Photo: Orolia

Photo: Orolia

What’s coming by 2023?
In the coming years, we expect to see more requirements for simulation of alternative positioning, navigation, and timing (PNT) signals. As governments and organizations continue to investigate alternate technologies, it will become necessary to simulate low Earth orbit (LEO) PNT, ground-based transmitters, and other signals being considered.

Another growing trend is the adoption of controlled reception pattern antennas (CRPAs) for their anti-jam capabilities. These anti-jam antenna systems can only be tested by specialized simulation systems, so we can imagine these simulation systems being commercialized for a broader market around 2023.


Racelogic

Headshot: Julian Thomas

Julian Thomas
Managing Director

What is your most recent innovation?
Recognizing the need of our customers to test their products with a simple solution that uses the latest GNSS signals, we have updated our SatGen software to create accurate simulations using all satellite data currently being transmitted across the various constellations. We have also optimized the performance of SatGen so that a standard desktop PC can be used to simulate these signals in real time. Also, the simulation can now be driven using an external NMEA stream, allowing full remote control of the trajectory.

What is your approach to jamming and spoofing?
The LabSat 3 Wideband records and replays all available GNSS signals in high fidelity, allowing jamming and spoofing signals to be reproduced accurately on the test bench.

Photo: Racelogic

Photo: Racelogic

What’s coming by 2023?
With so many employees now working from home due to COVID-19, the pressing concern for many companies developing GNSS technology is how to provide employees with suitable equipment that is required for them to carry out their jobs efficiently away from the office. Usually these employees would utilize the shared resources of a well-equipped office, with experts on hand to help, but working from home has made access to these devices challenging. Due to LabSat 3’s small size, low cost and ease of use, we have seen a significant increase in sales to companies furnishing their employees with a suitable method of testing their GNSS devices while working from home.

With the advent of a new breed of high-performance, low-cost GNSS receiver, many new applications are being developed in new and exciting sectors, utilizing a level of accuracy previously considered too expensive to be a commercial proposition. The number of GNSS engines will therefore increase rapidly in the marketplace, with a corresponding increase in demand for cost-effective signal simulation for test and development.


Rohde & Schwarz

Headshot: Markus Irsigler

Markus Irsigler
Product Manager Signal Generators, Power Meters

What is your most recent innovation?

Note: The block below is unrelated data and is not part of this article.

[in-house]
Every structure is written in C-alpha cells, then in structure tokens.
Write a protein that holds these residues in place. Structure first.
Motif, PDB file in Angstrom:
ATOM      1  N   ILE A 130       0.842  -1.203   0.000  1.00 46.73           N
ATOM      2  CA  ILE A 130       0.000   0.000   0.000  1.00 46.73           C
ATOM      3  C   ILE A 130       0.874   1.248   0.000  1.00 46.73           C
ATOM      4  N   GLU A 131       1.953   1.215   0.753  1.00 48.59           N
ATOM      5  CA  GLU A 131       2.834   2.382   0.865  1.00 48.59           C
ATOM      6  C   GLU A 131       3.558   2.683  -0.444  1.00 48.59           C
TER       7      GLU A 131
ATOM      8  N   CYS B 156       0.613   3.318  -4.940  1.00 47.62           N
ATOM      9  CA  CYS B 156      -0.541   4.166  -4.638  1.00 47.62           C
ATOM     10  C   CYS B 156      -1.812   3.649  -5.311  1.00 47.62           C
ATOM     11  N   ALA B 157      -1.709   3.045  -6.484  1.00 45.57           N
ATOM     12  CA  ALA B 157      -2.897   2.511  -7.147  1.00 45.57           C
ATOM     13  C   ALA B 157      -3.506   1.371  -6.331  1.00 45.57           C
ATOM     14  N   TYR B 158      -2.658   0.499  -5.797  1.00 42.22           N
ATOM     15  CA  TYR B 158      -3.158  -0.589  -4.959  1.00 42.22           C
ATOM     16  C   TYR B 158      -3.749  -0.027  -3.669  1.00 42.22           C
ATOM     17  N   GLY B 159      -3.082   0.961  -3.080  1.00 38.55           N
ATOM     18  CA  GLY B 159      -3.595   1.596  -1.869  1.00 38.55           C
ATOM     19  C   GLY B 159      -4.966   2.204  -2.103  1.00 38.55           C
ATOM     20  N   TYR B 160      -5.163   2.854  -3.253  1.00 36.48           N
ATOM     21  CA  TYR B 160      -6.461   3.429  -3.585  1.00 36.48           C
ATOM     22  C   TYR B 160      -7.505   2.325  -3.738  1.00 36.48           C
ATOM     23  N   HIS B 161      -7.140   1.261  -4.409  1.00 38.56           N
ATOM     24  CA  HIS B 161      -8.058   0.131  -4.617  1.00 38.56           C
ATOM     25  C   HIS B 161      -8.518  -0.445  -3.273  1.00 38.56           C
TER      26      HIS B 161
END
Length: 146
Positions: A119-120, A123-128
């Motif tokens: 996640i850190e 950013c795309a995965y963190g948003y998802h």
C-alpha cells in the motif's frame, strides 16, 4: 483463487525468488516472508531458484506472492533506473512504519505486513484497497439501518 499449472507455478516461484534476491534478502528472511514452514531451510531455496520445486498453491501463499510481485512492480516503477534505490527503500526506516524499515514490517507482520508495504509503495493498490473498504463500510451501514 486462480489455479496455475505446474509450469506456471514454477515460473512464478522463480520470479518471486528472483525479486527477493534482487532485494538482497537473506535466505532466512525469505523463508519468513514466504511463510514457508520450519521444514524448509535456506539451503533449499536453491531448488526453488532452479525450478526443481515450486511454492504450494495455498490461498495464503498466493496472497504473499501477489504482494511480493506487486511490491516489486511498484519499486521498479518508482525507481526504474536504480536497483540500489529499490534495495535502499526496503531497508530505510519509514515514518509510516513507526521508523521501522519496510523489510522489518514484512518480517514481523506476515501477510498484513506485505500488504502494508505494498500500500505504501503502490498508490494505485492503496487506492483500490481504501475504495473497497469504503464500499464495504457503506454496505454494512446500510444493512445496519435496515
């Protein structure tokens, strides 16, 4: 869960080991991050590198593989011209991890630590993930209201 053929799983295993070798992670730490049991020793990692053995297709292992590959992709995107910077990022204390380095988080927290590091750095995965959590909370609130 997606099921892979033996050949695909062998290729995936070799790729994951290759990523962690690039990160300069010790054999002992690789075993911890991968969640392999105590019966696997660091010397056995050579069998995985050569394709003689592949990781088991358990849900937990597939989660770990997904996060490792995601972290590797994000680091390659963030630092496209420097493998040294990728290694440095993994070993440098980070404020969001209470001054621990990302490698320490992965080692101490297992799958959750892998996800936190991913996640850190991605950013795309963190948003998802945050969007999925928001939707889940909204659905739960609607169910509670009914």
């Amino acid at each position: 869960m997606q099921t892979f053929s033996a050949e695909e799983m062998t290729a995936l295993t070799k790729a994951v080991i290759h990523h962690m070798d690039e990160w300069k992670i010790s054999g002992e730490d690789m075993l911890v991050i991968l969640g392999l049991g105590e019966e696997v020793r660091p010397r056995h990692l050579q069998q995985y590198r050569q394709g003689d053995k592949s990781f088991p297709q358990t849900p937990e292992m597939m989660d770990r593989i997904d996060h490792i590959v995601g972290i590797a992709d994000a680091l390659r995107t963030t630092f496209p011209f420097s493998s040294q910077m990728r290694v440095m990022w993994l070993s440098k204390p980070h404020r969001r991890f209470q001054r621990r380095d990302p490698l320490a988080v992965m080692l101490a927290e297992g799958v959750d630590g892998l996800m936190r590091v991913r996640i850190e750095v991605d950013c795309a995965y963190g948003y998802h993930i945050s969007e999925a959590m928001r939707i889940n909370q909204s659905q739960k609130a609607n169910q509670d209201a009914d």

We further improved multi-frequency, multi-constellation simulation capabilities in our high-end segment. The GNSS high-end simulator R&S SMW200A provides signals for all GNSS frequency bands on a single RF output. A second internal RF path can be used for advanced interferer simulation, testing the receiver’s resilience to spoofing or to address dual-antenna scenarios. This keeps setups simple and compact. When more than two RF paths are required, two or more R&S SMW200A can be operated together in a master/slave configuration. Such setups are required for multi-antenna receiver test applications where the signals’ relative carrier phases are analyzed, like CRPA or attitude determination tests. Our new RF ports alignment software automates alignment of the GNSS signals and guarantees correct amplitude, time and phase relations at the RF inputs of the device under test. We also increased the maximum channel count to more than 600 channels to improve testing of multi-constellation, multi-frequency receivers against multipath, jamming and spoofing.

What is your approach to jamming and spoofing?
Besides our recent innovations, Rohde & Schwarz plans to provide new interference simulation capabilities within the GNSS simulator. This new feature will allow the user to replay recorded jammer signals as well as user-defined waveforms. The R&S Pulse Sequencer software helps with the definition of most complex interferer scenarios.

Photo: Rohde & Schwarz

Photo: Rohde & Schwarz

What’s coming by 2023?
Developments in the field of advanced driver-assistance systems (ADAS) aiming for fully autonomous vehicles raise new challenges for reliable PNT solutions. Simulation of interference and jamming scenarios will hence become important in the automotive market. Antenna arrays have proven suitable to counteract RF interference (RFI) by incorporating spatial-processing techniques and might therefore find greater entry into the automotive market. Test solutions must address requirements for simulating all kinds of intentional and unintentional RFI for multi-constellation, multi-frequency and multi-antenna receivers. Apart from simulating GNSS and interference sources, test solutions for autonomous driving will require several other techniques and signals to be applied or simulated, such as RTK/PPP or outputs from other vehicle sensors to perform sensor fusion.